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Flush hour: Oslo to run buses powered by biomethane from human sewage
The Guardian, UK, January 28, 2009

"OSLO: Free, friendly and non-fossil  biomethane from human waste will
soon power public transport in the capital city.

Until recently raw sewage has been seen as a waste disposal problem
rather than a power source. Now Norway's capital city is proving that
its citizens can contribute to the city's green credentials without even
realising it.

With Norway's ambitious target of being carbon neutral by 2050 Oslo City
Council began investigating alternatives to fossil fuel-powered public
transport and decided on biomethane.

Biomethane is a by-product of treated sewage. Microbes break down the
raw material and release the gas, which can then be used in slightly
modified engines. Previously at one of the sewage plants in the city
half of the gas was flared off, emitting 17,00 tonnes of CO2. From
September 2009, this gas will be trapped and converted into biomethane
to run the city's public buses.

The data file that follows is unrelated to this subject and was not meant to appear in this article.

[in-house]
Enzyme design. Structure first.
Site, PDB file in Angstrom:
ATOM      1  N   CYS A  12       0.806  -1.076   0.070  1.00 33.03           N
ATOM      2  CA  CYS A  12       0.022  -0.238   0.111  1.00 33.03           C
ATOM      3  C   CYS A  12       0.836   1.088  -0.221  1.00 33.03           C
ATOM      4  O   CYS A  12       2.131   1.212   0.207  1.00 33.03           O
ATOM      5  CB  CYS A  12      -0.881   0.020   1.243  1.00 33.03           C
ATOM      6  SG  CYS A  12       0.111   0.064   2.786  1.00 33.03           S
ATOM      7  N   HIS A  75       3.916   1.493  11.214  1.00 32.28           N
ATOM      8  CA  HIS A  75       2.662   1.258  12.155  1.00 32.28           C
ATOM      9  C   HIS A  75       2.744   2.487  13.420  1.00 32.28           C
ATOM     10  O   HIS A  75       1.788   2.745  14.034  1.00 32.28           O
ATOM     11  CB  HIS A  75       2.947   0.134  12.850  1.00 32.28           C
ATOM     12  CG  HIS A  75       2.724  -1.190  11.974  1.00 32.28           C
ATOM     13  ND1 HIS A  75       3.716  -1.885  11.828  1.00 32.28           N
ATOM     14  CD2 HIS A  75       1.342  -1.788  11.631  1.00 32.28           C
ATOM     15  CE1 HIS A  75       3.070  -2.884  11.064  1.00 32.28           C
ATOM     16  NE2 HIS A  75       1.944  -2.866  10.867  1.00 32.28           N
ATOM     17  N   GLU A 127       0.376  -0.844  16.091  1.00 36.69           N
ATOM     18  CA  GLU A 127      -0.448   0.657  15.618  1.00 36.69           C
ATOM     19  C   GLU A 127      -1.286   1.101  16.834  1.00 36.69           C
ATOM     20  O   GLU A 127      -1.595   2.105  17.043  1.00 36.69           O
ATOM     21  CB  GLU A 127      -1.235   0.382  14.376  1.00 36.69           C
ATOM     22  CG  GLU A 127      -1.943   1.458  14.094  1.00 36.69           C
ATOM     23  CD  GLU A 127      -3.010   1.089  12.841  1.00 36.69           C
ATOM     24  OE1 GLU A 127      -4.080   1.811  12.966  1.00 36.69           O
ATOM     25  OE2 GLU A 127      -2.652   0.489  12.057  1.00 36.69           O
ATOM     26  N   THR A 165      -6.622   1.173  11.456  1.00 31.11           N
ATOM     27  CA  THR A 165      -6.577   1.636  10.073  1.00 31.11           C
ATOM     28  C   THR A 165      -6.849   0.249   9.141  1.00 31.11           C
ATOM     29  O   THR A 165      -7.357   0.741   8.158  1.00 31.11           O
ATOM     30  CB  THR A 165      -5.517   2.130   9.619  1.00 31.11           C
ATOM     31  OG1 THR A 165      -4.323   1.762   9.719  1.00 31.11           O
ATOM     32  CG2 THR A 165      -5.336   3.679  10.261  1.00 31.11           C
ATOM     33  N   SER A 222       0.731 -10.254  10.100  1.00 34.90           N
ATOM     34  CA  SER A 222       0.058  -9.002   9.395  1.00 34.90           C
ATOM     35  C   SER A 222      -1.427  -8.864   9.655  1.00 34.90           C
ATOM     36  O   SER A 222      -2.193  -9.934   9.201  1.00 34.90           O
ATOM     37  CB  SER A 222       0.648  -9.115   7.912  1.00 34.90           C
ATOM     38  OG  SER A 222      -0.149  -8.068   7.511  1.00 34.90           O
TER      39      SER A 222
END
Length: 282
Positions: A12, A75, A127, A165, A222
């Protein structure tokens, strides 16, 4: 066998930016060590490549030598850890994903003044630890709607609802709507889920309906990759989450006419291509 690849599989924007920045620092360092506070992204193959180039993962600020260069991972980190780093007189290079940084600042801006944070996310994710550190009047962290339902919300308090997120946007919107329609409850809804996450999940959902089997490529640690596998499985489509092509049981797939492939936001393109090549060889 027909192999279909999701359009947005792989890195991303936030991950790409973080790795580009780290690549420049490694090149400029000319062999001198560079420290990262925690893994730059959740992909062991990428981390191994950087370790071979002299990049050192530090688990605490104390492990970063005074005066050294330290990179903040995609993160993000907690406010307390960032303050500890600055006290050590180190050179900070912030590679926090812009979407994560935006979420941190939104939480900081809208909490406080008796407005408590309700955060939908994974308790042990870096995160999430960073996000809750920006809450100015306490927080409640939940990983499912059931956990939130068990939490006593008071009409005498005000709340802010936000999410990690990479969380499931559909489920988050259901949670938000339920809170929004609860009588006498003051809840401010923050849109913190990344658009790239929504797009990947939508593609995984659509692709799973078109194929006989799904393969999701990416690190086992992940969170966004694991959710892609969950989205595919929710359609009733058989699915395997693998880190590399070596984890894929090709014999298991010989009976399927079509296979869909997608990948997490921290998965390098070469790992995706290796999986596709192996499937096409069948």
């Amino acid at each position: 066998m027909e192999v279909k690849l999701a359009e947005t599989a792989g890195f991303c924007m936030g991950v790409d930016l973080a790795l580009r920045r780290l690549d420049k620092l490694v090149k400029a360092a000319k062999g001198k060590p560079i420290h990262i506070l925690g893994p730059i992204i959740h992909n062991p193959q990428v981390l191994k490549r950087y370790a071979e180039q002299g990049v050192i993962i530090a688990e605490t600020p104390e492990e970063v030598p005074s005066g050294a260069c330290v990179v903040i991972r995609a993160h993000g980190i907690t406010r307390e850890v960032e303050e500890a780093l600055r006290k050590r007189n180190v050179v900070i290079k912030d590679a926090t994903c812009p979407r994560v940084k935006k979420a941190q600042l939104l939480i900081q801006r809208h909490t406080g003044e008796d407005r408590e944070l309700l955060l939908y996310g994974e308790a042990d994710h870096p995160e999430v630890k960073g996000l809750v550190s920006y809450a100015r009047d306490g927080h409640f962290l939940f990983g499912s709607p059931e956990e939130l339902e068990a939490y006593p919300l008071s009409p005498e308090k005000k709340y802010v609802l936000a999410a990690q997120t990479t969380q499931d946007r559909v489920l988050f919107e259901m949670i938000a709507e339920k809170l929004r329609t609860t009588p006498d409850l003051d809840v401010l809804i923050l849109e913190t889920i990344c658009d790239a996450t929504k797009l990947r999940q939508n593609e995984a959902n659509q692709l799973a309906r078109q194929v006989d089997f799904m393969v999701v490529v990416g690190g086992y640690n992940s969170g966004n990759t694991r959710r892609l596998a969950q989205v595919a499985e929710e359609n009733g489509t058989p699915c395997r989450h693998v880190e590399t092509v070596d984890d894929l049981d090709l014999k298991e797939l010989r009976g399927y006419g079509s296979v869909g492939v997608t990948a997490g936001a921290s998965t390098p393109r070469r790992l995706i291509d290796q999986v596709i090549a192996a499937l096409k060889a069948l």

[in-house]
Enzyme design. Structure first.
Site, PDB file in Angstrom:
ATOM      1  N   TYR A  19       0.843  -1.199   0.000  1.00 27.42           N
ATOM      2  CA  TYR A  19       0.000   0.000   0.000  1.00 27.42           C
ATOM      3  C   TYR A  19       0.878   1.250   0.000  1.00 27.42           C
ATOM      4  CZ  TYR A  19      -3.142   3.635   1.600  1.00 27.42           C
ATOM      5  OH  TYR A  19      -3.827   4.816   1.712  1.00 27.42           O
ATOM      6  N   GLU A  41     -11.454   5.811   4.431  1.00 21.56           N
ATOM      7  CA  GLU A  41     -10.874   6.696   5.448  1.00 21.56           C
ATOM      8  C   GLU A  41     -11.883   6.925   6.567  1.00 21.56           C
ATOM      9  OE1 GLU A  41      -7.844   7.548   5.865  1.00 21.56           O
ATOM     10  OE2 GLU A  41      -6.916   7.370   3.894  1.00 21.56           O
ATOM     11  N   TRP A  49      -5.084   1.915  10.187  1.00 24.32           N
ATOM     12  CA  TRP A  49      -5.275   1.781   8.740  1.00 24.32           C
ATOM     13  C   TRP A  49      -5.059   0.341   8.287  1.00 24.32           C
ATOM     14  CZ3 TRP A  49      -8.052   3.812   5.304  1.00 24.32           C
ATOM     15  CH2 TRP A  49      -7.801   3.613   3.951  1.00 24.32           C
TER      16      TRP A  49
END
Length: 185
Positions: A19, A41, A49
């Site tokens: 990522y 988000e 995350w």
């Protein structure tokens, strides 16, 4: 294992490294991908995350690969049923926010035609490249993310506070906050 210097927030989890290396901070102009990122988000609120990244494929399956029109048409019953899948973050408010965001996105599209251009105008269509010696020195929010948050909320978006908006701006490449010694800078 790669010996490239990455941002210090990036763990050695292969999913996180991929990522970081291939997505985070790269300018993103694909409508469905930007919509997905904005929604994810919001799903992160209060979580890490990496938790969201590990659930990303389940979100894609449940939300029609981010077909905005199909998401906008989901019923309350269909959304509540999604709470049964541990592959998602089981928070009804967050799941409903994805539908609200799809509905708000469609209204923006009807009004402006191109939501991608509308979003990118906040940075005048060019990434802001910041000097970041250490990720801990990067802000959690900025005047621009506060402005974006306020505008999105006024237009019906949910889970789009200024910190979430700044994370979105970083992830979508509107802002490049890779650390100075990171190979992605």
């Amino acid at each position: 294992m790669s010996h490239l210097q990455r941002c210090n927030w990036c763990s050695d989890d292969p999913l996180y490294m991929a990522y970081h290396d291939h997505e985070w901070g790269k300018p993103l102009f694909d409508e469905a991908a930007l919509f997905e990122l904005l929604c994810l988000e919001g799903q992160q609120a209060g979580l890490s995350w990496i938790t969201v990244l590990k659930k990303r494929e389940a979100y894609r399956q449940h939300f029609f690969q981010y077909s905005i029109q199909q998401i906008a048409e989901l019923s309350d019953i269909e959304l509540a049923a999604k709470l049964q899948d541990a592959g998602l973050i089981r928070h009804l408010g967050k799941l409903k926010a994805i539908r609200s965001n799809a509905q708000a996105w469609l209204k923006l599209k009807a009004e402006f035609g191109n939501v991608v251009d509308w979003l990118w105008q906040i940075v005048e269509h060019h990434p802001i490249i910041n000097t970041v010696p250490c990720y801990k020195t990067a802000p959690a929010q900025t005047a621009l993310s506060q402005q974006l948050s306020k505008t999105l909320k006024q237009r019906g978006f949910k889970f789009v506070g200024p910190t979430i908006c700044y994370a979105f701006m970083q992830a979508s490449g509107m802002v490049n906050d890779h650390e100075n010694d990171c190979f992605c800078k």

The city's diesel public buses will only require minor modifications to
their engines to run on methane, which is stored on tanks on top of the
vehicles. The only noticeable difference will be how quietly they drive.

The city's two sewage plants have enough biomethane to provide fuel for
the 80 buses, but if the trial is successful Oslo city council plans to
convert all 400 of the public buses to run on biogas. The biogas will be
created from a mixture of biomethane and biogas from the incineration of
kitchen waste from the capital's restaurants and domestic kitchens.
Eventually, the council hopes that cars will also be able to run on
biogas sourced locally from biomethane and converted kitchen waste."

http://www.guardian.co.uk/environment/blog/2009/jan/27/biomethane-energy




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